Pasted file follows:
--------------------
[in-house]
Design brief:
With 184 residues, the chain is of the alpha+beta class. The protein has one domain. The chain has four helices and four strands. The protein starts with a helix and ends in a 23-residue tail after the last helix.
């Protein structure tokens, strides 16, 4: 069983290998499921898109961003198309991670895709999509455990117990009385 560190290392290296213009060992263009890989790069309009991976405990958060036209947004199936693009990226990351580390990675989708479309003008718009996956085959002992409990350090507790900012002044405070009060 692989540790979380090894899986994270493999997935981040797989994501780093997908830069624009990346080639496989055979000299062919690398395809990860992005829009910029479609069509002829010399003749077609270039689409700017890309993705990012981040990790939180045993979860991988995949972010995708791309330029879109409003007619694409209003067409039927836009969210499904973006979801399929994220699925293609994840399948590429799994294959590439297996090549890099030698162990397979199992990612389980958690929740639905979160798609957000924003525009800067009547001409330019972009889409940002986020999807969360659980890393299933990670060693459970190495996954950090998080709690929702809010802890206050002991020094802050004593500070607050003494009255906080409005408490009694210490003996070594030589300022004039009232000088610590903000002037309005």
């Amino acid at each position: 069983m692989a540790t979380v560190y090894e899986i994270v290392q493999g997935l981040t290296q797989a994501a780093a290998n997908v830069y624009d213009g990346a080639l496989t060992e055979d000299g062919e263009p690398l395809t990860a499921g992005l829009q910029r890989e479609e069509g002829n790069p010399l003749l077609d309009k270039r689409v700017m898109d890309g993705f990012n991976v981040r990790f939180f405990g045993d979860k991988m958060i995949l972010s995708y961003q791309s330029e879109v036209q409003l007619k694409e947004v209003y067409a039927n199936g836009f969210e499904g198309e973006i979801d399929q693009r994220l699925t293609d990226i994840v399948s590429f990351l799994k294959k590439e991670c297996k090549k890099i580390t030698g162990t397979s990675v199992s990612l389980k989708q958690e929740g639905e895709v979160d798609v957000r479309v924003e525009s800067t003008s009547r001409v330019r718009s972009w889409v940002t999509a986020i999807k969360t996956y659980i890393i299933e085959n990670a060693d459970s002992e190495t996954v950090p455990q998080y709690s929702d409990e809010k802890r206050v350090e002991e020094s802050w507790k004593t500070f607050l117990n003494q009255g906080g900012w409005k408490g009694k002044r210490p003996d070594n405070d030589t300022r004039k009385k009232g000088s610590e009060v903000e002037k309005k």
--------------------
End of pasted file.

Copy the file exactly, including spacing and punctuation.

[in-house]
Design brief:
With 184 residues, the chain is of the alpha+beta class. The protein has one domain. The chain has four helices and four strands. The protein starts with a helix and ends in a 23-residue tail after the last helix.
């Protein structure tokens, strides 16, 4: 069983290998499921898109961003198309991670895709999509455990117990009385 560190290392290296213009060992263009890989790069309009991976405990958060036209947004199936693009990226990351580390990675989708479309003008718009996956085959002992409990350090507790900012002044405070009060 692989540790979380090894899986994270493999997935981040797989994501780093997908830069624009990346080639496989055979000299062919690398395809990860992005829009910029479609069509002829010399003749077609270039689409700017890309993705990012981040990790939180045993979860991988995949972010995708791309330029879109409003007619694409209003067409039927836009969210499904973006979801399929994220699925293609994840399948590429799994294959590439297996090549890099030698162990397979199992990612389980958690929740639905979160798609957000924003525009800067009547001409330019972009889409940002986020999807969360659980890393299933990670060693459970190495996954950090998080709690929702809010802890206050002991020094802050004593500070607050003494009255906080409005408490009694210490003996070594030589300022004039009232000088610590903000002037309005």
């Amino acid at each position: 069983m692989a540790t979380v560190y090894e899986i994270v290392q493999g997935l981040t290296q797989a994501a780093a290998n997908v830069y624009d213009g990346a080639l496989t060992e055979d000299g062919e263009p690398l395809t990860a499921g992005l829009q910029r890989e479609e069509g002829n790069p010399l003749l077609d309009k270039r689409v700017m898109d890309g993705f990012n991976v981040r990790f939180f405990g045993d979860k991988m958060i995949l972010s995708y961003q791309s330029e879109v036209q409003l007619k694409e947004v209003y067409a039927n199936g836009f969210e499904g198309e973006i979801d399929q693009r994220l699925t293609d990226i994840v399948s590429f990351l799994k294959k590439e991670c297996k090549k890099i580390t030698g162990t397979s990675v199992s990612l389980k989708q958690e929740g639905e895709v979160d798609v957000r479309v924003e525009s800067t003008s009547r001409v330019r718009s972009w889409v940002t999509a986020i999807k969360t996956y659980i890393i299933e085959n990670a060693d459970s002992e190495t996954v950090p455990q998080y709690s929702d409990e809010k802890r206050v350090e002991e020094s802050w507790k004593t500070f607050l117990n003494q009255g906080g900012w409005k408490g009694k002044r210490p003996d070594n405070d030589t300022r004039k009385k009232g000088s610590e009060v903000e002037k309005k």